Feb-22-15  zanzibar: First look at comments for this player - a bit hard to see the reason for the poem/limerick theme... I'll have to go back over the comments to see who gets the blame - ha!

Sorry no rhymes from me, instead I have a pointer to a USCF article about US world team chess championship at Leningrad (summer 1960), where Weinstein was a contributor:

http://www.uschess.org/content/view...

<In the summer of 1960, for the first and only time, the USA won a world team chess championship ahead of the USSR. This achievement is still on a short list of the most significant events in American chess history, especially as it happened on enemy ground during the Cold War

[...]

Ray Weinstein played strong chess and shared the board three prize with Nikitin of the USSR, both scoring 7½ points out of 10 (75.0%). Saidy finished fourth among the board four players, with 4½ points out of 7 (64.3%) and Mednis ended up fifth among the first reserve players with the same record as Saidy (64.3%).

[...]

The news is perhaps sadder about Raymond Weinstein. He did well in U.S. championships from 1960-1963 and was awarded the title of international master after qualifying for the World Interzonal tourney as a result of finishing third behind Fischer and Lombardy in the 1960-61 U.S. Championship event. He chose not play in the Interzonal tournament. Unfortunately, around 1963-64 Ray began to exhibit erratic, even dangerous behavior, was reportedly diagnosed as suffering from schizophrenia, and has been confined to mental institutions for more than 40 years. He is now 69 years old.>

http://www.uschess.org/images/stori... (Photo)

<L to R: Raymond Weinstein, Jerry Spann, Eliot Hearst [author of article], William Lombardy, Charles Kalme, Edmar Mednis. Not pictured: IM Anthony Saidy.>

Feb-22-15  zanzibar: The poetry theme was started early in the forum, initially as haiku - the first being from User: woodenbishop:

Raymond Allen Weinstein (kibitz #14)

<Haiku (俳句, About this sound listen (help·info), haikai verse?) (plural: same or haikus) is a very short form of Japanese poetry typically characterised by three qualities:

The essence of haiku is "cutting" (kiru).[1] This is often represented by the juxtaposition of two images or ideas and a kireji ("cutting word") between them,[2] a kind of verbal punctuation mark which signals the moment of separation and colors the manner in which the juxtaposed elements are related.

Traditional haiku consist of 17 on (also known as morae), in three phrases of 5, 7 and 5 on respectively.[3]

A kigo (seasonal reference), usually drawn from a saijiki, an extensive but defined list of such words.

Modern Japanese haiku (現代俳句 gendai-haiku?) are increasingly unlikely to follow the tradition of 17 on or to take nature as their subject, but the use of juxtaposition continues to be honored in both traditional and modern haiku.[4] There is a common, although relatively recent, perception that the images juxtaposed must be directly observed everyday objects or occurrences.[5]>

http://en.wikipedia.org/wiki/Haiku

And so it begins...

Snow falling outside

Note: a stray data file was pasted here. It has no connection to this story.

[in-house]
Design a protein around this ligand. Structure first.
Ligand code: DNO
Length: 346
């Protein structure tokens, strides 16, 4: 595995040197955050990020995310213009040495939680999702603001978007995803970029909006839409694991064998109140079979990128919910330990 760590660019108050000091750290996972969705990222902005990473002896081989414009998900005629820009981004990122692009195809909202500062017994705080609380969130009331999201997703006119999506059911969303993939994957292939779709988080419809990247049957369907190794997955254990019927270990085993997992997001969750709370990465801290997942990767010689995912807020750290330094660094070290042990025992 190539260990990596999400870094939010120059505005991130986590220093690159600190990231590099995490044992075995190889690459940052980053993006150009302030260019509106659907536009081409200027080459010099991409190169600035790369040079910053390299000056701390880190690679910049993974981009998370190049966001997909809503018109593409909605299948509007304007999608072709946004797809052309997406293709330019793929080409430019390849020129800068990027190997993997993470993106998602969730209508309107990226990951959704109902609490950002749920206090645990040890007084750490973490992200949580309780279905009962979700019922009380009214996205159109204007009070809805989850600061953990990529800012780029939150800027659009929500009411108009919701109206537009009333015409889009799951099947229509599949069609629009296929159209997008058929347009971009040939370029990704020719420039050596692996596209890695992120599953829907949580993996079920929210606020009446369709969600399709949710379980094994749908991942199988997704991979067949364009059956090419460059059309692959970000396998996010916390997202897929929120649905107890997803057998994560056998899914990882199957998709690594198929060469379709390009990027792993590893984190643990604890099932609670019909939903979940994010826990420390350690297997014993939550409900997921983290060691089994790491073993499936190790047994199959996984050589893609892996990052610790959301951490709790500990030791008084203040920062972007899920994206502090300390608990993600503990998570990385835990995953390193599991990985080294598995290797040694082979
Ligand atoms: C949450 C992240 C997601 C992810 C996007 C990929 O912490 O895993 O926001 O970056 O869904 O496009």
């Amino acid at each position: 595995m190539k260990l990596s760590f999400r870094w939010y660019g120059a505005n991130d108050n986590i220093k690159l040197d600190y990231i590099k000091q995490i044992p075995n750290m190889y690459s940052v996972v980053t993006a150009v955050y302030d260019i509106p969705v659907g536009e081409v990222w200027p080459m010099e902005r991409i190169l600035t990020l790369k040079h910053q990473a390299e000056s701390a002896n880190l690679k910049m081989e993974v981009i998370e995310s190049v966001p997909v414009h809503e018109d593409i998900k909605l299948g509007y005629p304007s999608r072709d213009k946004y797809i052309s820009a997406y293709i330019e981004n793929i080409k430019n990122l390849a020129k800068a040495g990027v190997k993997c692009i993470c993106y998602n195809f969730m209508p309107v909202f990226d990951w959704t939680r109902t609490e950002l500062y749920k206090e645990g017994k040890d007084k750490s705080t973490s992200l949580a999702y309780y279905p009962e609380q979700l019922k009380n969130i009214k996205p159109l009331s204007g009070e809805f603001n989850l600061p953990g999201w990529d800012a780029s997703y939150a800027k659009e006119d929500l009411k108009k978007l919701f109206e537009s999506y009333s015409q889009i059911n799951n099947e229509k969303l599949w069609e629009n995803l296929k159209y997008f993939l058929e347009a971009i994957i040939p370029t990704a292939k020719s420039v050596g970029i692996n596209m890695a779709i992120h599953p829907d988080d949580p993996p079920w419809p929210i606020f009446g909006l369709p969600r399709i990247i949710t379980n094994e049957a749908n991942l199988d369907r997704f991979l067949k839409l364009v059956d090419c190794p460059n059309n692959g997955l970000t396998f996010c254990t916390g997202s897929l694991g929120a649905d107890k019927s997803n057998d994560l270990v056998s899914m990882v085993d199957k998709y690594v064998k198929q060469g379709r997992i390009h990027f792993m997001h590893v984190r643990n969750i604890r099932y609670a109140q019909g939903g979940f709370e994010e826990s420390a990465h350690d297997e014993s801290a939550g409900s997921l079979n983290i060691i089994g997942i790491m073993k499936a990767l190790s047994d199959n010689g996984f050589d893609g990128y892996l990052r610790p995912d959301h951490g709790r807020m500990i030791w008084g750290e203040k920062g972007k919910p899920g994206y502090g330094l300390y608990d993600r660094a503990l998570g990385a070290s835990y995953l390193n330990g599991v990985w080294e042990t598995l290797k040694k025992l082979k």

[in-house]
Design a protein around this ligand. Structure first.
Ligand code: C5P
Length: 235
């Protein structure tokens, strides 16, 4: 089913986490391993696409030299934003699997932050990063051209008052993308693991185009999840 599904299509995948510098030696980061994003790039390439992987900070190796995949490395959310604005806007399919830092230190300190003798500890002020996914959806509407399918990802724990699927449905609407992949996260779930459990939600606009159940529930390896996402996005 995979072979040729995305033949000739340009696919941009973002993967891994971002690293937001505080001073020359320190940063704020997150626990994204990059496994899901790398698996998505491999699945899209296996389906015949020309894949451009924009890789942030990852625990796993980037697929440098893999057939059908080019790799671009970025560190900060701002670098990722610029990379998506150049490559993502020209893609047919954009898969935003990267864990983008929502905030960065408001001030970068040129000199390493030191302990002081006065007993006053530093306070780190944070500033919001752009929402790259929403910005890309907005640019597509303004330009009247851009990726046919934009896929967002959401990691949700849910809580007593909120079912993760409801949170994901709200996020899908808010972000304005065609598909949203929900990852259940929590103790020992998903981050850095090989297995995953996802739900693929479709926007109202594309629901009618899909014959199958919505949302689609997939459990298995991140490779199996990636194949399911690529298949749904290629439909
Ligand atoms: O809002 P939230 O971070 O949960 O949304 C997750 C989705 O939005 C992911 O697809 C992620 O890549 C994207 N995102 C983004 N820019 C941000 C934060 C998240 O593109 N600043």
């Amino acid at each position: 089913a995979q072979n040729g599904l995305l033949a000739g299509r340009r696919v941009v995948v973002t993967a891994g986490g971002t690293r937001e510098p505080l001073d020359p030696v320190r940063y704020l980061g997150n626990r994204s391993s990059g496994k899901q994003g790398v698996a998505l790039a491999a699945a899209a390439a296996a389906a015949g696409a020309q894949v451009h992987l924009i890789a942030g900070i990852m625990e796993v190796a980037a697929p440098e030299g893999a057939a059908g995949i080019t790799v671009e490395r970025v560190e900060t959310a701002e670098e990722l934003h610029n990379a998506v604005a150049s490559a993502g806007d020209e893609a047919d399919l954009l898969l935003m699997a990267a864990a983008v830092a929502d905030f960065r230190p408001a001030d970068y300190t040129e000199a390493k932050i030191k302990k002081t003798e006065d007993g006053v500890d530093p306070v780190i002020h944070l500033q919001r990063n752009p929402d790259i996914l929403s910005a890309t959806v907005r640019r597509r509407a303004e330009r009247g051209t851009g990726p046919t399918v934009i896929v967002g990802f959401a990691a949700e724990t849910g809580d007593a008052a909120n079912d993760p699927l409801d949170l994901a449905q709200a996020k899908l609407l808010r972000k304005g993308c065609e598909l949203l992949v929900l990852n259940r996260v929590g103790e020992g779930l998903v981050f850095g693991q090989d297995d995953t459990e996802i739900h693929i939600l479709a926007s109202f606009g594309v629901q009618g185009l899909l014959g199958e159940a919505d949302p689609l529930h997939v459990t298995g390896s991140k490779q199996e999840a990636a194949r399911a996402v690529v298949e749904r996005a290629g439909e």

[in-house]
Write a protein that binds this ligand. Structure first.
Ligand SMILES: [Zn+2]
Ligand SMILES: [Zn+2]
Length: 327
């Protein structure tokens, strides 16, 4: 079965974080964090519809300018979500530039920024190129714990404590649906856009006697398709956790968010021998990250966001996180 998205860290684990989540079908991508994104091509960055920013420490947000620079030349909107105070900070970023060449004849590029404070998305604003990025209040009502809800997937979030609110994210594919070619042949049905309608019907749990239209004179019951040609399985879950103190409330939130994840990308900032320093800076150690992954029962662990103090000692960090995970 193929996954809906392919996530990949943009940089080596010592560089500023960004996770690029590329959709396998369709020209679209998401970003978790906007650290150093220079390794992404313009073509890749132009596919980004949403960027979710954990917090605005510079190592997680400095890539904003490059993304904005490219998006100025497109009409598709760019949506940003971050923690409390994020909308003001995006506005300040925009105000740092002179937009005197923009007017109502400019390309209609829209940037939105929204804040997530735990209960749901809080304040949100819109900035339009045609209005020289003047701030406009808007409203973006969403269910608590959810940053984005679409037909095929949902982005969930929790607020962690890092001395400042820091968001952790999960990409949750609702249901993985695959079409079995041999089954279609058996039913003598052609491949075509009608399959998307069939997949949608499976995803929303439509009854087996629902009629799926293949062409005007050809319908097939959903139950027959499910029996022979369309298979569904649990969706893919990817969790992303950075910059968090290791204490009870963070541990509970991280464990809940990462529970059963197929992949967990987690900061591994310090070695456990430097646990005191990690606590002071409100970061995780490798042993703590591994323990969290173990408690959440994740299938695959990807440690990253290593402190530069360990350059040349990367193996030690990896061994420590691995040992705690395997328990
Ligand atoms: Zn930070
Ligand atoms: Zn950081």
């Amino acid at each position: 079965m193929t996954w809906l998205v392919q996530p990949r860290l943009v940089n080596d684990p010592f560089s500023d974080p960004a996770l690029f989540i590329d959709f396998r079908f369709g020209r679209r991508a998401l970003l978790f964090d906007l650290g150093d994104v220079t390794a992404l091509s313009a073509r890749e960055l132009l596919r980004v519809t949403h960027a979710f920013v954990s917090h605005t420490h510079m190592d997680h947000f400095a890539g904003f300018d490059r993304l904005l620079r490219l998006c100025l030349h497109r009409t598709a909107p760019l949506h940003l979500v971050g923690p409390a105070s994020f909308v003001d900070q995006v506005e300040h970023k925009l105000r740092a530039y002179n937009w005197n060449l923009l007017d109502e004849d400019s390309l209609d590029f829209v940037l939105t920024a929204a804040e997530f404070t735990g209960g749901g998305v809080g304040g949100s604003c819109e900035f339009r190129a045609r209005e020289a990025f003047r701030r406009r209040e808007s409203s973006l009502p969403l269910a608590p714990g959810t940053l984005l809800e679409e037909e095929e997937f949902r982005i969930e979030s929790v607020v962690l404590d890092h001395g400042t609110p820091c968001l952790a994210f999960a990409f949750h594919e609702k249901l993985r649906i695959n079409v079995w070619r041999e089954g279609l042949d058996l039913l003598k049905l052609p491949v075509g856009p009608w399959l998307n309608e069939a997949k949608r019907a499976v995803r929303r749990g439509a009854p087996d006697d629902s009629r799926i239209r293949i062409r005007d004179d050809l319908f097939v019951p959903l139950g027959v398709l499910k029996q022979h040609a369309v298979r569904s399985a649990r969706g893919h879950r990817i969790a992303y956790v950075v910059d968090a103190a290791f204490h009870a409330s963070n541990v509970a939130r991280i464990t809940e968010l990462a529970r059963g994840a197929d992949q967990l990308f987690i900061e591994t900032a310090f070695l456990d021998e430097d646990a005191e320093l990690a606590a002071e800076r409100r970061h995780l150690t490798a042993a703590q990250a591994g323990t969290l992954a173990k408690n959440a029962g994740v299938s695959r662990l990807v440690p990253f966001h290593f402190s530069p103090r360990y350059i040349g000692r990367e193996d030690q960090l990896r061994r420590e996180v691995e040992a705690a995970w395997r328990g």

forum posts get read inside
insanity guide

Feb-22-15
Premium Chessgames Member
  OhioChessFan:

That is how it goes
If you should try to oppose
Don't step on our prose

Feb-22-15  zanzibar: So I decide to cull over the pages and manually put into effect my "group-filter" idea, specifically looking for biographical posts...

So far up to page 6 and it's not looking good, only two haiku by <OCF> in the offering:

Raymond Allen Weinstein (kibitz #105)

User: OhioChessFan

Both are actually pretty good.

Another find, 9 years later, is quite apropos -

Raymond Allen Weinstein (kibitz #108)

<suenteus po 147> is still looking for games from <US ch (1960/61)>:

Biographer Bistro (kibitz #9669)

We've made some progress though, more than just Fischer's games are now on <CG>!

<offramp> offers this bizarre post from Sam Sloan:

Biographer Bistro (kibitz #9669)

Sam Sloan actually tracked Weinstein down for a visit (this might show up in the forum, but I'll put the link here):

http://anusha.com/weinste.htm

It was a very bizarre visit, Sloan trying to establish some chess connection from the past with a patient who basically stares catatonically at Sloan during the entire visit.

Later, Sloan makes a public plead to get Weinstein "out of jail" (really, he is confined in a mental institute, not a jail):

http://anusha.com/wein-out.htm

I never saw a Sloan appeal to make Weinstein a USCF delegate - it's possible, but I'd like to see a ref.

Perhaps it's mentioned here here: http://www.chessbanter.com/rec-game...

(From Jun 06 - when <offramp> posted)

See also: Raymond Allen Weinstein (kibitz #182) (Schiller on Sloan)

There is some more detail about <Weinstein> here (scroll down to item #64):

http://timkr.home.xs4all.nl/chess2/...

It seems too bad that this incident didn't cause Weinstein to get the help he badly needed, instead he returned to the US where he killed a man in 1964.

I'll post the entire content later.

Oh, some advice, be careful making predictions while rhyming:

Raymond Allen Weinstein (kibitz #180)

More content/haiku's by <OCF>

Raymond Allen Weinstein (kibitz #170)

Raymond Allen Weinstein (kibitz #243) (Re: Weinstein's crime)

First limerick by <Phony>: Raymond Allen Weinstein (kibitz #251)

Feb-22-15  zanzibar: <64. 27 May: Raymond Weinstein in Amsterdam